Long-Barrel Magnums - Buffalo Bore
With Buffalo Bore ammunition, the 8 3/8-inch barrel Magnum is a formidable hunting handgun.


An early proponent of the .357 Magnum said that these revolvers are like a rifle on the hip. I agree. They are quite a piece of steel!

What are your thoughts on long-barrel magnums? Let us know in the comments below.

About the Author:

Bob Campbell

Bob Campbell’s primary qualification is a lifelong love of firearms, writing, and scholarship. He holds a degree in Criminal Justice but is an autodidact in matters important to his readers. Campbell considers unarmed skills the first line of defense and the handgun the last resort. (He gets it honest- his uncle Jerry Campbell is in the Boxer’s Hall of Fame.)

Campbell has authored well over 6,000 articles columns and reviews and fourteen books for major publishers including Gun Digest, Skyhorse and Paladin Press. Campbell served as a peace officer and security professional and has made hundreds of arrests and been injured on the job more than once.

He has written curriculum on the university level, served as a lead missionary, and is desperately in love with Joyce. He is training his grandchildren not to be snowflakes. At an age when many are thinking of retirement, Bob is working a 60-hour week and awaits being taken up in a whirlwind many years in the future.

Published in
Black Belt Magazine
Combat Handguns
Rifle Magazine
Gun Digest
Gun World
Tactical World
SWAT Magazine
American Gunsmith
Gun Tests Magazine
Women and Guns
The Journal Voice of American Law Enforcement
Police Magazine
Law Enforcement Technology
The Firearms Instructor
Tactical World
Concealed Carry Magazine
Concealed Carry Handguns

Books published

Holsters for Combat and Concealed Carry
The 1911 Automatic Pistol
The Handgun in Personal Defense
The Illustrated Guide to Handgun Skills
The Hunter and the Hunted
The Gun Digest Book of Personal Defense
The Gun Digest Book of the 1911
The Gun Digest Book of the 1911 second edition
Dealing with the Great Ammunition Shortage
Commando Gunsmithing
The Ultimate Book of Gunfighting
Preppers Guide to Rifles
Preppers Guide to Shotguns
The Accurate Handgun
The Mission of Cheaper Than Dirt!'s blog, The Shooter's Log, is to provide information—not opinions—to our customers and the shooting community. We want you, our readers, to be able to make informed decisions. The information provided here does not represent the views of Cheaper Than Dirt!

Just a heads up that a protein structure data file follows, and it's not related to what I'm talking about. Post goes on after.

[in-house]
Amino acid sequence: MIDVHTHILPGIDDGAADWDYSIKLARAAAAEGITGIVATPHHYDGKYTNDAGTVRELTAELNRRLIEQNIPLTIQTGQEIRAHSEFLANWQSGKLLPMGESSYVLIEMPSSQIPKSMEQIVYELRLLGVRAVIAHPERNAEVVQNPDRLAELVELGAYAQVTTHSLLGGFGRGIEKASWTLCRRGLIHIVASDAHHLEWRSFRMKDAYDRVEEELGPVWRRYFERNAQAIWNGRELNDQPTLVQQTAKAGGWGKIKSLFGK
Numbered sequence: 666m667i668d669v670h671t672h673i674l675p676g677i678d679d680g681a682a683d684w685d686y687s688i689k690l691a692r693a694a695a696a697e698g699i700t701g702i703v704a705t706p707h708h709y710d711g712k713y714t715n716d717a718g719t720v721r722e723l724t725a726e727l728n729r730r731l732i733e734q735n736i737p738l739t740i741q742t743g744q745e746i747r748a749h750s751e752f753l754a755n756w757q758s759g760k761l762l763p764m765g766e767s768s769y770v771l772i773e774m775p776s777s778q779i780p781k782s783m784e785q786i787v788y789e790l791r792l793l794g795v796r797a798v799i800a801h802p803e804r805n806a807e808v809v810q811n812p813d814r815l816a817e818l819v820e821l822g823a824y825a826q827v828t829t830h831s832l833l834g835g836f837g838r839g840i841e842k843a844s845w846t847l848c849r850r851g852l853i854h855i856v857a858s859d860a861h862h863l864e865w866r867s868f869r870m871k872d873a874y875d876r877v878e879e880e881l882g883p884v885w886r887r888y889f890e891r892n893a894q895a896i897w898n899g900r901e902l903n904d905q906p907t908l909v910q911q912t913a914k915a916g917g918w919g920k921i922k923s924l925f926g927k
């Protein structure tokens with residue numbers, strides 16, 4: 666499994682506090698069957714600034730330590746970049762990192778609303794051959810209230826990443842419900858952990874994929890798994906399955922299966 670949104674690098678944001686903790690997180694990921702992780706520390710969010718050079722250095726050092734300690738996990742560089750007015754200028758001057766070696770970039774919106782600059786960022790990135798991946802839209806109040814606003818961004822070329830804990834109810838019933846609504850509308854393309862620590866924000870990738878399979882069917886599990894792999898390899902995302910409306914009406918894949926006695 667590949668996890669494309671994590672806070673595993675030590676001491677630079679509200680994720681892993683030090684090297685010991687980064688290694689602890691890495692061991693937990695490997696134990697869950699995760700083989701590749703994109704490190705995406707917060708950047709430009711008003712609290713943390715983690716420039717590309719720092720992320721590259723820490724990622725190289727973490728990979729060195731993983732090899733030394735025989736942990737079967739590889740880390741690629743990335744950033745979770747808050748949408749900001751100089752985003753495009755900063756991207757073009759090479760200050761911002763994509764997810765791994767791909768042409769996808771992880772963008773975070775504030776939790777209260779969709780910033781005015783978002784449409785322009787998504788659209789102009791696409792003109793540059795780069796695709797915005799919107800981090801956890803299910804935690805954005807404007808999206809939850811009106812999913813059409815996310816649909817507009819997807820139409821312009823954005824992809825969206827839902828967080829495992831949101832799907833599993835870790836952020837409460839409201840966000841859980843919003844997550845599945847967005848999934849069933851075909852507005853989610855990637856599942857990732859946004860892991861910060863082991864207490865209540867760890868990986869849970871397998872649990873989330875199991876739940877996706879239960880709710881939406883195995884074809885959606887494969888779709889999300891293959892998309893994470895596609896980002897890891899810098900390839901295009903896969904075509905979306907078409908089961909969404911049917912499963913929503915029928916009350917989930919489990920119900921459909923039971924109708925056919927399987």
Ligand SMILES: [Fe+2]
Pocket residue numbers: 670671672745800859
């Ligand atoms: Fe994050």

Comments (9)

  1. One of my first handguns was a Colt Trooper Mk III, 357 Magnum, with a 4″ barrel. I bought it used from the head of security at the local Montgomery Wards store. What a sweet gun! It’s a lot of fun to shoot, very accurate, and I wear it on a chest rig every elk season.

  2. No offence, but you obviously haven’t shot the latest Dan Wesson #715, 357 Magnum “Pistol Pack” revolver, using the included 8″ barrel. I’ve yet to have an actual “shoot off” against my 8 & 3/8″ 686, but early casual shooting of the 715 tells me it’s incredibly accurate and might very well out shoot my 686.

  3. The formula to determine the correct number of firearms anyone should own is always; N + 1, N being the number of firearms you already own.

  4. Let’s be real. Sidearms are just that– something beside the main workhorse, either full rifle or carbine. And even the carbine will slam game harder than any pistol I can conjure.

    Pistols/revolvers are defense weapons only. Think, last resort. Unless, of course, it’s crime you intend. Then concealability is of supreme importance. Aside from all this, pistols require way more practice to master, mainly because they’re harder to aim w/ any precision. Even a shot-pistol requires some practice, or you’ll miss the target on a quick draw.

    Unless you’re an Ed McGivern or Bob Munden, you’ll do just as well in the bush w/ a carbine. In fact, I’ll bet your last dollar, you’ll do much better w/ the “bean” over the piece. Yea & amen.

  5. Love my long toms, S&W 8 3/8″ Model 27, Dan Wesson 715 and 744,Ruger SBH ,Thompson Center Contenders.
    I always take a couple to the range, and that sound when I get a hit on a meta gong target at 100/150 yards is music to my ears.

  6. It is a time to remember and it does still have roots today in the way some of our modern cartridges were developed over the years.
    I’d love to do more with wheelguns and loads but the prices keep that but a dream.